The philosophical underpinning of all violence whether here in New Orleans or in Iraq or to our planet is very much related – in Black culture it’s the pathology of violence and in white culture its the criminal pathology of what we do to our planet because of consumption – the disposability of people and resources. If people at the top were not in line with disposability, I can assure you people at the bottom wouldn’t come up with this idea. If a white kid has a drug problem, his family throws resources at him to help him. If a Black kid has the same drug problem and maybe not even as frequent a drug problem, his resources are more limited to fight against something that will destroy him.
With everything you have been lecturing, writing and thinking about for the last fifteen years, where are your thoughts now, what did you wake up thinking about this morning?
I’m thinking about my kids and how to raise them in this incredibly toxic culture to be effective adults, to be healthy physically, emotionally and psychologically so that they can help make this a better place.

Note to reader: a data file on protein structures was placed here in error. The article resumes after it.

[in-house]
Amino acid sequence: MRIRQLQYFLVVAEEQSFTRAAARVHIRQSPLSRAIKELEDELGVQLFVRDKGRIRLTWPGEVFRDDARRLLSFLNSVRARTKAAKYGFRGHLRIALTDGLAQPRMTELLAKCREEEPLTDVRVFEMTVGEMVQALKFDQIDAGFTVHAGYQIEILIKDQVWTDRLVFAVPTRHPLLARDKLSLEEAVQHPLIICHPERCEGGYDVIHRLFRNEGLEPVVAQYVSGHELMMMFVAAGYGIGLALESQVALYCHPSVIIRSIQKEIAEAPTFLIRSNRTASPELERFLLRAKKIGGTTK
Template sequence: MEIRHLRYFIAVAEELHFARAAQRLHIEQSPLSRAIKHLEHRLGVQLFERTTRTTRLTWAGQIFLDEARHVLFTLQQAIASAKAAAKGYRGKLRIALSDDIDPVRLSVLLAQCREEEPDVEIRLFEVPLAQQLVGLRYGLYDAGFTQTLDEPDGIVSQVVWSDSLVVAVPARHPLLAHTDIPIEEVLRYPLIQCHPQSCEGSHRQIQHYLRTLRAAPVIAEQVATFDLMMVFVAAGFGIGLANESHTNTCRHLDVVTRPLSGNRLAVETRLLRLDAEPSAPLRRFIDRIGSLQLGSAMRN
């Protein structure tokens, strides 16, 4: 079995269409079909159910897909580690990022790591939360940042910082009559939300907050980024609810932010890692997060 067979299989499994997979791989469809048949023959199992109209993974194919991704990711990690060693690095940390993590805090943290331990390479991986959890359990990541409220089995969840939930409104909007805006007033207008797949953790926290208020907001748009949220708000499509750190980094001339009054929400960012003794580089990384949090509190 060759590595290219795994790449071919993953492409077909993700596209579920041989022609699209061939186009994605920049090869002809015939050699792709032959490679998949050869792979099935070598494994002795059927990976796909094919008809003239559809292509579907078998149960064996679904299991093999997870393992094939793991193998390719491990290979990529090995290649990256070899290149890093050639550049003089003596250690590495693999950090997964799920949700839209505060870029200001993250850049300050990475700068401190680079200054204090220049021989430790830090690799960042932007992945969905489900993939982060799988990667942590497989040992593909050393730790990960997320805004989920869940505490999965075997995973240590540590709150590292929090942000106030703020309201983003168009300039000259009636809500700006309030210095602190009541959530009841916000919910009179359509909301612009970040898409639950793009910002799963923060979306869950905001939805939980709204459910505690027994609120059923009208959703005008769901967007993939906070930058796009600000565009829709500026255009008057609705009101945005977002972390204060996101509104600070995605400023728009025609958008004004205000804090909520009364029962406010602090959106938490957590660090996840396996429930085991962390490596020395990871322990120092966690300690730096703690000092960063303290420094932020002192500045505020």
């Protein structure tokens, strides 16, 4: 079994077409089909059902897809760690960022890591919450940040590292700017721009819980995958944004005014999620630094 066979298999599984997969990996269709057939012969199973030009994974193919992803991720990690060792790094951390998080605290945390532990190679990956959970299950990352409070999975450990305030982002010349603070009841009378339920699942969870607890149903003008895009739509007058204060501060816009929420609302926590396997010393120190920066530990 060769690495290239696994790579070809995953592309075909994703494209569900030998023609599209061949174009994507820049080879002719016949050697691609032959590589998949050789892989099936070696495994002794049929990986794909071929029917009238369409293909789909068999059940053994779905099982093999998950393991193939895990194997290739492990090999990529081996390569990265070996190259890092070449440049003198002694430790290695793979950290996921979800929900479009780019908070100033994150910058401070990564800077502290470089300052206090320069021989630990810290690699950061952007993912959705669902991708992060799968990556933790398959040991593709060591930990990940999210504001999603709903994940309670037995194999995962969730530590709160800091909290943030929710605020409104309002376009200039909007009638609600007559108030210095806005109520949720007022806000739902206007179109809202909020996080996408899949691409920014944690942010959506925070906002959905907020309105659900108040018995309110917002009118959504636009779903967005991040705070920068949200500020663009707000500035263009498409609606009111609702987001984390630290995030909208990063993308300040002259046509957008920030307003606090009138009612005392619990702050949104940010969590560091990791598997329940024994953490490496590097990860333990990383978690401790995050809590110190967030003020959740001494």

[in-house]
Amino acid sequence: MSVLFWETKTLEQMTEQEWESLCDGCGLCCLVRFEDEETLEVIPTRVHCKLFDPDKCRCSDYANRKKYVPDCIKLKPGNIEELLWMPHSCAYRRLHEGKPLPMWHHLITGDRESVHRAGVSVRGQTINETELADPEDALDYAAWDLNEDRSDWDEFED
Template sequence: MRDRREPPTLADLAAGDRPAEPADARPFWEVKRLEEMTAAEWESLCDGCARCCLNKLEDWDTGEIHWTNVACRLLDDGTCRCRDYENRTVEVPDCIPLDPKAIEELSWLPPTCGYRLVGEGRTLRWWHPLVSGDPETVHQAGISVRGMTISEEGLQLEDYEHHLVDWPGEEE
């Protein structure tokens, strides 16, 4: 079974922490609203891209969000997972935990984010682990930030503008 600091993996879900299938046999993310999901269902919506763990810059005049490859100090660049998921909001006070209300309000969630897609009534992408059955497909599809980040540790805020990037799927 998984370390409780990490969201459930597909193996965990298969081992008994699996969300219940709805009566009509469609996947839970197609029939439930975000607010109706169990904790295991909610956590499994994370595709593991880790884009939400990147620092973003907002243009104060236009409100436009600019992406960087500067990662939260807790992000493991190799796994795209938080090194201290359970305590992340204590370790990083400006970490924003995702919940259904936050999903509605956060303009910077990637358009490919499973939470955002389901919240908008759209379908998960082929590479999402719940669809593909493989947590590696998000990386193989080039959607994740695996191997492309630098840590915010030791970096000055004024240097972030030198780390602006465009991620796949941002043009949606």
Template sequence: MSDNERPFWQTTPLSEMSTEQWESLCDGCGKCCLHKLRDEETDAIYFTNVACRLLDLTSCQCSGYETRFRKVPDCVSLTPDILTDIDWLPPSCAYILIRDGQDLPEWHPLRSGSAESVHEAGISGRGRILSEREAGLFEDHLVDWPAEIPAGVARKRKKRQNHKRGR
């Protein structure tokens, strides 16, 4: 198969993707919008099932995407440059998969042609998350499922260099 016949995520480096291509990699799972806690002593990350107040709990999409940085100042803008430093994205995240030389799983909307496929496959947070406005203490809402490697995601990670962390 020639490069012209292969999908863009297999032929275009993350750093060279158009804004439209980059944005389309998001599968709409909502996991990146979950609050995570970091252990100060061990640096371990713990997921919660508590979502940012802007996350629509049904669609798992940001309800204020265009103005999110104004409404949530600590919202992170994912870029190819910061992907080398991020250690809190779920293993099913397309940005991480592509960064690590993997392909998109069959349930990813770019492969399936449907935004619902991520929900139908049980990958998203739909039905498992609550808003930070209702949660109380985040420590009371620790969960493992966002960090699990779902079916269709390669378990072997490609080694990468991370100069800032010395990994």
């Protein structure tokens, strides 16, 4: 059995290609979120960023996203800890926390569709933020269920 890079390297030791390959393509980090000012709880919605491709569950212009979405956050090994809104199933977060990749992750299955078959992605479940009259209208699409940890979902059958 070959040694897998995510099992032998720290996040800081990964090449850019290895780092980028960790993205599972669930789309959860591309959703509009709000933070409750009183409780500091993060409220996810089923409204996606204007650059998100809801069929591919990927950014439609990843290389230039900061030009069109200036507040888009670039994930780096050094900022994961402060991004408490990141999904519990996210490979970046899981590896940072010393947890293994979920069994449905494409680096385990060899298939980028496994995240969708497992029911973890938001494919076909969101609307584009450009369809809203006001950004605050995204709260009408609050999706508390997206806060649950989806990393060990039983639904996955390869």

I’m thinking about ways to be effective with my work. All of us who do this kind of work are always revisiting the effectiveness of the pedagogical tools we use to see what is most effective. We are consistently revisiting and revising the approaches we are taking.
What are your thoughts about social media and its effectiveness?
I’ve never really been satisfied with it. It serves a great purpose but it’s so easy to misuse it. Sometimes I have misused it as a strategic tool. I don’t feel good about blasting somebody on Twitter and when it happens I feel bad and say I won’t do it again and then time goes by and I react. The problem is that it is so easy to react without filtering. There is an opportunity for constructive ridicule on social media but there is no ethical code in its use. As a parent I’ve come to believe I don’t want to tweet or post what I would be embarrassed to have my child read. It’s the same thing I tell them – if you post it is for the world to see so think about any photo or message you put up there.